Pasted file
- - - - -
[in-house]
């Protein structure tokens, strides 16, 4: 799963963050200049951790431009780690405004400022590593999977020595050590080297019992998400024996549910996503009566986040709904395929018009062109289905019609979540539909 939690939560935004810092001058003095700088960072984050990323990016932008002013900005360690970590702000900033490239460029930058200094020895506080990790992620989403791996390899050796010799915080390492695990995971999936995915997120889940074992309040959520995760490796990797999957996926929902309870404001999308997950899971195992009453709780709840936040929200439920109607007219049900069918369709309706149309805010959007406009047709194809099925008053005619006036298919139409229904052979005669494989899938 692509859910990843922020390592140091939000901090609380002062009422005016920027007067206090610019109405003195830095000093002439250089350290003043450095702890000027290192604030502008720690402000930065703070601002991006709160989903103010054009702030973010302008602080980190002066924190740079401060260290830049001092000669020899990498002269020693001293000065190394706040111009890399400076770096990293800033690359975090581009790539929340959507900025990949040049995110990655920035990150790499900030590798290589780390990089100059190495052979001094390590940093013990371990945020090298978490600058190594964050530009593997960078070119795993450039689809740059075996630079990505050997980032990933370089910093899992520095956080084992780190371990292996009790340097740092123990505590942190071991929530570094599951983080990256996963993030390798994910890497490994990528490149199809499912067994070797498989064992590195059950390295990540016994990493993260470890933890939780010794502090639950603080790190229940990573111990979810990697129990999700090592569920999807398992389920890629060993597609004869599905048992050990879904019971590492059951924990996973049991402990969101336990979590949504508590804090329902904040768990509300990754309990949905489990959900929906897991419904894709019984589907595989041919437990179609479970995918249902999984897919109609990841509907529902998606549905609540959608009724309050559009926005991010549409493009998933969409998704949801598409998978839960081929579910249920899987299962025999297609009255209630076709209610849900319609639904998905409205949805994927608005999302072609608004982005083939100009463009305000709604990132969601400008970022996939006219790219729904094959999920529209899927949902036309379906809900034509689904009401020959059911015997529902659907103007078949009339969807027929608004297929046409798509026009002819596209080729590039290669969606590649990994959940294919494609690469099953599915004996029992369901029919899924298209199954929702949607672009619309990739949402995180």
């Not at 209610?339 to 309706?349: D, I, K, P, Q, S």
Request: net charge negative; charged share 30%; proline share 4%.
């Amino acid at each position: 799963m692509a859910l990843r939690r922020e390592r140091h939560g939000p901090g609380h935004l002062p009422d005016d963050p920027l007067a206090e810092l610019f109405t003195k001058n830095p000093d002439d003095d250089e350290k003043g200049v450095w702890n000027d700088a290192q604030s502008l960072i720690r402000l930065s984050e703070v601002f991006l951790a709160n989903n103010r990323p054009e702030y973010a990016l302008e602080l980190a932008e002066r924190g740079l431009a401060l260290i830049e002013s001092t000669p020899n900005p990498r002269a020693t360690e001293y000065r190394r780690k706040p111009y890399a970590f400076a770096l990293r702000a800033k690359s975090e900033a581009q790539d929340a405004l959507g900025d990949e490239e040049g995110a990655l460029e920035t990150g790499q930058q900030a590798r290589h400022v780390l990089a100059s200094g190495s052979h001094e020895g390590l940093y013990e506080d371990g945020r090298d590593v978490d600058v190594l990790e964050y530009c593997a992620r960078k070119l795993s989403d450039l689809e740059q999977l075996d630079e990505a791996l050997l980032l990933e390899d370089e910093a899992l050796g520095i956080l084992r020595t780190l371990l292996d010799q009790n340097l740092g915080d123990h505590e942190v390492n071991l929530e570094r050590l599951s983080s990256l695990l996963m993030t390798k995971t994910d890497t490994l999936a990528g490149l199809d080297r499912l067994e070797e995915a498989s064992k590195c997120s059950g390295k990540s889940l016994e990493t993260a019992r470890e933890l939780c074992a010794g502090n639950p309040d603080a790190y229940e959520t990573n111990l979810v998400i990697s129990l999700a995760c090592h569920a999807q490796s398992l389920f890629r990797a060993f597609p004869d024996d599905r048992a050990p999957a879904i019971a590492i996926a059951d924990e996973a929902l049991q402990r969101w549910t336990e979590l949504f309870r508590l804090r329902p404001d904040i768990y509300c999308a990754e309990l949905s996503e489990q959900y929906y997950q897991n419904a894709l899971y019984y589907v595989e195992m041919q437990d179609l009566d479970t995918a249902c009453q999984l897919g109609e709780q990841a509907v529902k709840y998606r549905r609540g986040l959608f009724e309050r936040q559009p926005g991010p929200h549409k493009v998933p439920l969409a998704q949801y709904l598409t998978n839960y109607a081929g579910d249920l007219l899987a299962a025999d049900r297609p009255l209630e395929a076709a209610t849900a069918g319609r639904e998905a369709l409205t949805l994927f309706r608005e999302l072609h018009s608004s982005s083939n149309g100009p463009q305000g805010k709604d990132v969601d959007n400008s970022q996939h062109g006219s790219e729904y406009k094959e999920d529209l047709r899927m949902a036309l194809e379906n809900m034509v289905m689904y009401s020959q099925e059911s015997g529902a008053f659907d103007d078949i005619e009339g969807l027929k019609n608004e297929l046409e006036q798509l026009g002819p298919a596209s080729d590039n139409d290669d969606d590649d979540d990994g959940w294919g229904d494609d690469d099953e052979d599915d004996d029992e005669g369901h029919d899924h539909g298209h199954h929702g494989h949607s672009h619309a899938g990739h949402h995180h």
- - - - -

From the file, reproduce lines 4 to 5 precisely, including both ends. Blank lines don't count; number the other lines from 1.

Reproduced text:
Request: net charge negative; charged share 30%; proline share 4%.
């Amino acid at each position: 799963m692509a859910l990843r939690r922020e390592r140091h939560g939000p901090g609380h935004l002062p009422d005016d963050p920027l007067a206090e810092l610019f109405t003195k001058n830095p000093d002439d003095d250089e350290k003043g200049v450095w702890n000027d700088a290192q604030s502008l960072i720690r402000l930065s984050e703070v601002f991006l951790a709160n989903n103010r990323p054009e702030y973010a990016l302008e602080l980190a932008e002066r924190g740079l431009a401060l260290i830049e002013s001092t000669p020899n900005p990498r002269a020693t360690e001293y000065r190394r780690k706040p111009y890399a970590f400076a770096l990293r702000a800033k690359s975090e900033a581009q790539d929340a405004l959507g900025d990949e490239e040049g995110a990655l460029e920035t990150g790499q930058q900030a590798r290589h400022v780390l990089a100059s200094g190495s052979h001094e020895g390590l940093y013990e506080d371990g945020r090298d590593v978490d600058v190594l990790e964050y530009c593997a992620r960078k070119l795993s989403d450039l689809e740059q999977l075996d630079e990505a791996l050997l980032l990933e390899d370089e910093a899992l050796g520095i956080l084992r020595t780190l371990l292996d010799q009790n340097l740092g915080d123990h505590e942190v390492n071991l929530e570094r050590l599951s983080s990256l695990l996963m993030t390798k995971t994910d890497t490994l999936a990528g490149l199809d080297r499912l067994e070797e995915a498989s064992k590195c997120s059950g390295k990540s889940l016994e990493t993260a019992r470890e933890l939780c074992a010794g502090n639950p309040d603080a790190y229940e959520t990573n111990l979810v998400i990697s129990l999700a995760c090592h569920a999807q490796s398992l389920f890629r990797a060993f597609p004869d024996d599905r048992a050990p999957a879904i019971a590492i996926a059951d924990e996973a929902l049991q402990r969101w549910t336990e979590l949504f309870r508590l804090r329902p404001d904040i768990y509300c999308a990754e309990l949905s996503e489990q959900y929906y997950q897991n419904a894709l899971y019984y589907v595989e195992m041919q437990d179609l009566d479970t995918a249902c009453q999984l897919g109609e709780q990841a509907v529902k709840y998606r549905r609540g986040l959608f009724e309050r936040q559009p926005g991010p929200h549409k493009v998933p439920l969409a998704q949801y709904l598409t998978n839960y109607a081929g579910d249920l007219l899987a299962a025999d049900r297609p009255l209630e395929a076709a209610t849900a069918g319609r639904e998905a369709l409205t949805l994927f309706r608005e999302l072609h018009s608004s982005s083939n149309g100009p463009q305000g805010k709604d990132v969601d959007n400008s970022q996939h062109g006219s790219e729904y406009k094959e999920d529209l047709r899927m949902a036309l194809e379906n809900m034509v289905m689904y009401s020959q099925e059911s015997g529902a008053f659907d103007d078949i005619e009339g969807l027929k019609n608004e297929l046409e006036q798509l026009g002819p298919a596209s080729d590039n139409d290669d969606d590649d979540d990994g959940w294919g229904d494609d690469d099953e052979d599915d004996d029992e005669g369901h029919d899924h539909g298209h199954h929702g494989h949607s672009h619309a899938g990739h949402h995180h």